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Is there still a chance for small and medium-sized businesses? [OPINION]

Is there still a chance for small and medium-sized businesses? [OPINION]

Even before the pandemic hit, SMEs already had to compete against international conglomerates and franchises that were more widely accepted by the public.

Dr Helmi Zakariah & Bibi Nurshuhada Ramli
Inclusivity & Digital Gap, Selangkah Team

The world literally shut down when Covid-19 came without warning.

All of our exciting plans – to go on vacation, to start a family, to kickstart projects – went down the drain as we were abruptly placed under lockdowns and movement restrictions.

Companies had no choice but to cease their operations, resulting in millions of people globally losing their jobs.

In Malaysia itself, a way for these individuals to financially survive was by tapping into the business industry. After all, opportunities are everywhere as long as you know where to look.

While this might bring hope to some, it was sadly a threat to small and medium-sized enterprises (SMEs) who are bearing the biggest brunt of the pandemic’s economic impact. Even before the pandemic hit, SMEs already had to compete against international conglomerates and franchises that were more widely accepted by the public.

Credit: TRP

Now that a new group of opponents had simultaneously entered the arena, the competition inevitably got even more intense.

Based on data from the Companies Commission of Malaysia (SSM), 82,555 new business had been registered under it between April and July this year.

This means that the supply for the sales and services industry has multiplied in size but unfortunately the targeted buyers were facing a financial crisis. As a result, a large number of unlucky SMEs had no choice but to close up shop due to a lack of profit.

According to SSM, 32,469 of its registered companies (not limited to SMEs only) had shut down between March and September this year.

It shows that only enterprises with loyal customers and an effective sales strategy were able to stay afloat. Still, their journey wasn’t always smooth-sailing.

The war isn’t over

In March, the Malaysian government had implemented the Movement Control Order (MCO) as a bid to contain the spread of Covid-19. This resulted in people being locked up at home and business premises temporarily closing.

Most affected by this ruling were SME restaurateurs, hawker stall operators and shop owners who rely on visitors. Imagine the loss.

A woman serves customers at her nasi lemak stall along Jalan Telawi, Bangsar.
(Credit: Hari Anggara/Malay Mail)

The government’s decision to eventually loosen the standard operating procedure (SOP) was seen as good news, but things were still far from normal.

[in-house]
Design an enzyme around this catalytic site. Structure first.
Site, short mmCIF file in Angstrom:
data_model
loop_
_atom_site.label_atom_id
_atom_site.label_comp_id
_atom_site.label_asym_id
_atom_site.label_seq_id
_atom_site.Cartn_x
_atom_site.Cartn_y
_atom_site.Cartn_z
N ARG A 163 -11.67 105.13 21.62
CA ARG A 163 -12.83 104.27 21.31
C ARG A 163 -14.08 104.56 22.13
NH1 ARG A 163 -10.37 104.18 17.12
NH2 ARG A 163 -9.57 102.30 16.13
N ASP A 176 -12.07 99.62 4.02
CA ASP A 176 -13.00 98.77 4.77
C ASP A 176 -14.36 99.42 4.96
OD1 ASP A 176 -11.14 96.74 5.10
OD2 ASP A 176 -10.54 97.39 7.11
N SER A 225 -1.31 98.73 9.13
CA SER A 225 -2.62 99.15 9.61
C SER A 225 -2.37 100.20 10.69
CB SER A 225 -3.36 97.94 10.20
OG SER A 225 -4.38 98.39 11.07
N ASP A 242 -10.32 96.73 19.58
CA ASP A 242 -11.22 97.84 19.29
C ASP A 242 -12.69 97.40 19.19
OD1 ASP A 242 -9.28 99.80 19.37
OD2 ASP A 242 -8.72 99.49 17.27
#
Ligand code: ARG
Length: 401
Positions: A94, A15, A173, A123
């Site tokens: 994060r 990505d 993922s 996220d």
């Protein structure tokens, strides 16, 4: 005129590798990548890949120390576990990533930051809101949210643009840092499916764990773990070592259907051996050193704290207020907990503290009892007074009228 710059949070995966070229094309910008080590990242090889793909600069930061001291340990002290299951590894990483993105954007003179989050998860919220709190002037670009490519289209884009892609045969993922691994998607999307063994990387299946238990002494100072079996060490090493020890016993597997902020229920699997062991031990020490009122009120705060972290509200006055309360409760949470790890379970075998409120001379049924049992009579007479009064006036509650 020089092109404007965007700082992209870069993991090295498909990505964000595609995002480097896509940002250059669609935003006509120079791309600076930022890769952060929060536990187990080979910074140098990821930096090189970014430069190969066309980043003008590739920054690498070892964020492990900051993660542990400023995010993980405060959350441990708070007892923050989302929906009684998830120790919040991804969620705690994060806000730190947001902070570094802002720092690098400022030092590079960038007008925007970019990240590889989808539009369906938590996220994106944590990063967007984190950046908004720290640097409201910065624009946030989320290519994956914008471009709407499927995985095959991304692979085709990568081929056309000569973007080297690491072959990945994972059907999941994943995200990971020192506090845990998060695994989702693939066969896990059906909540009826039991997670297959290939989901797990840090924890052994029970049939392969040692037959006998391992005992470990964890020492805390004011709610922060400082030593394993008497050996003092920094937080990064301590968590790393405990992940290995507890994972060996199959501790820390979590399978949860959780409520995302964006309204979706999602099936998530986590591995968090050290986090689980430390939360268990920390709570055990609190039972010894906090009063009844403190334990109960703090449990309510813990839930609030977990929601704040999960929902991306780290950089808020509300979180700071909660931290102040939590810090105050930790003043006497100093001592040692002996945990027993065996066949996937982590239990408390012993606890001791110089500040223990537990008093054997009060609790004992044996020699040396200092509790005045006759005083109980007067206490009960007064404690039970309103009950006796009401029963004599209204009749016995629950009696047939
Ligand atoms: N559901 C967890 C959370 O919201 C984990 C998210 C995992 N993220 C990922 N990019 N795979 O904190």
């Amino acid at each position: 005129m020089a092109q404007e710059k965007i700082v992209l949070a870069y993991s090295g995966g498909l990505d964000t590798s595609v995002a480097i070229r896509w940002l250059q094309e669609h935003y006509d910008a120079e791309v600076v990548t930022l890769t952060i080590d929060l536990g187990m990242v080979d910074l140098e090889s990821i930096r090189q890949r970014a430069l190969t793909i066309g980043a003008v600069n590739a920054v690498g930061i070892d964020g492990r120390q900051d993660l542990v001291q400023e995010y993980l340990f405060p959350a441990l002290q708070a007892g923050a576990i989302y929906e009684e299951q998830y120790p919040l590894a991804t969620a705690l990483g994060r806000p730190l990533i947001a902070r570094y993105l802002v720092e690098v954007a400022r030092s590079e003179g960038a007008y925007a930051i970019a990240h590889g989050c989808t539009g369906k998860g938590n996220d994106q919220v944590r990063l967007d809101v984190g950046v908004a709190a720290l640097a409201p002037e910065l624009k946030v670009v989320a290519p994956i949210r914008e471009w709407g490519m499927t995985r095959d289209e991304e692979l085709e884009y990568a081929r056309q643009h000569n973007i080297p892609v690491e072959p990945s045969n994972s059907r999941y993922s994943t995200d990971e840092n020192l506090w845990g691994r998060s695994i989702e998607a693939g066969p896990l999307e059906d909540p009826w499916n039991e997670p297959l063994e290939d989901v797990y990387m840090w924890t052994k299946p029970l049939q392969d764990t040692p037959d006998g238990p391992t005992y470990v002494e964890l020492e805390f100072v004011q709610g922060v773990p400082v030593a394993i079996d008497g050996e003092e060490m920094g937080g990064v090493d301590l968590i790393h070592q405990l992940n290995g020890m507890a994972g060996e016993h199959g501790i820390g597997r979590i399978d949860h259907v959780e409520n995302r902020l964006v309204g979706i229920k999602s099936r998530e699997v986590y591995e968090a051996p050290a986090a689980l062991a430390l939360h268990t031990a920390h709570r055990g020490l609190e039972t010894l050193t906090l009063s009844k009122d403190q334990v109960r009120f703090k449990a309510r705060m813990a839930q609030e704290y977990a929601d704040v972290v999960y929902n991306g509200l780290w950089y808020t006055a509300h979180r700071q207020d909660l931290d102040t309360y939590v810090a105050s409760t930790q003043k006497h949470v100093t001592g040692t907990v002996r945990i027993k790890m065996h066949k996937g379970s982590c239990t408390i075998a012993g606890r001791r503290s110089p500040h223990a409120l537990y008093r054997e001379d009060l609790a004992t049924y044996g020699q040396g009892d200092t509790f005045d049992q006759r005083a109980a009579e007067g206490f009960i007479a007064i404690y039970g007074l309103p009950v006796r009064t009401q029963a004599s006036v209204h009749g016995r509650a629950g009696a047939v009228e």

Largely people were still cautious of contracting the virus if they were to leave the safety of their own homes. Most would only dare to go out for grocery shopping.

Should they choose to dine out, only two persons were allowed to sit at a table anyway. Might as well eat at home if they had a large family.

From the food service operators’ perspective, the number of diners that they can welcome at any one time is limited. So, no matter how popular they are with the crowd, there is still that drawback.

Internet as a saviour

Shopping online

As an alternative, many SME entrepreneurs have turned to e-commerce. Besides Shopee and Lazada, social media too can act as a marketing platform if done effectively and creatively. F&B enterprises on the other hand rely on delivery services like GrabFood and Foodpanda.

These avenues still have their own disadvantage but it’s undeniably helpful in terms of reaching out to new potential customers. However, it may be challenging for those who aren’t exposed to such technology.

Closing the digital gap for SME

To reduce the people’s financial burden, the government shows its support through various initiatives. According to the New Straits Times, they include: “funding, rescheduling of loan repayments, loan repayment moratorium, and online entrepreneurship training and guides as well as implementation of high-impact programmes.”

For SMEs in Selangor, the state government offers their assistance through the Belanjawan Selangor 2021. RM2 million is allocated to help enterprises and kindergarten teachers while RM6.08 million will be used to develop entrepreneurship programs.

Social media users on the other hand had made viral the hashtag #sapotlokal that urged the public to support local businesses.

At the end of the day, however, digitalisation is key. Technology is making our lives easier and it certainly can help the SME with their ventures. Since it’s developing at a rapid pace, they just have to catch up.

The rakyat’s best interest at heart

Things won’t ever resume to the way they were as long as the pandemic persists. No one knows when that will end. For now, we just have to adhere to the SOP and get used to the new normal.

Introduced in May as a contract tracing system, Selangkah is always concerned about the people’s plight. Aligned with its mission to improve the lives of the people, Selangkah is working hard to find the solution. And as long as the future is still bleak for SMEs, Selangkah will keep on trying.

Dr Helmi Zakariah is a panel member of the World Health Organization (WHO) and the International Telecommunications Union (ITU)

Dr Helmi Zakariah

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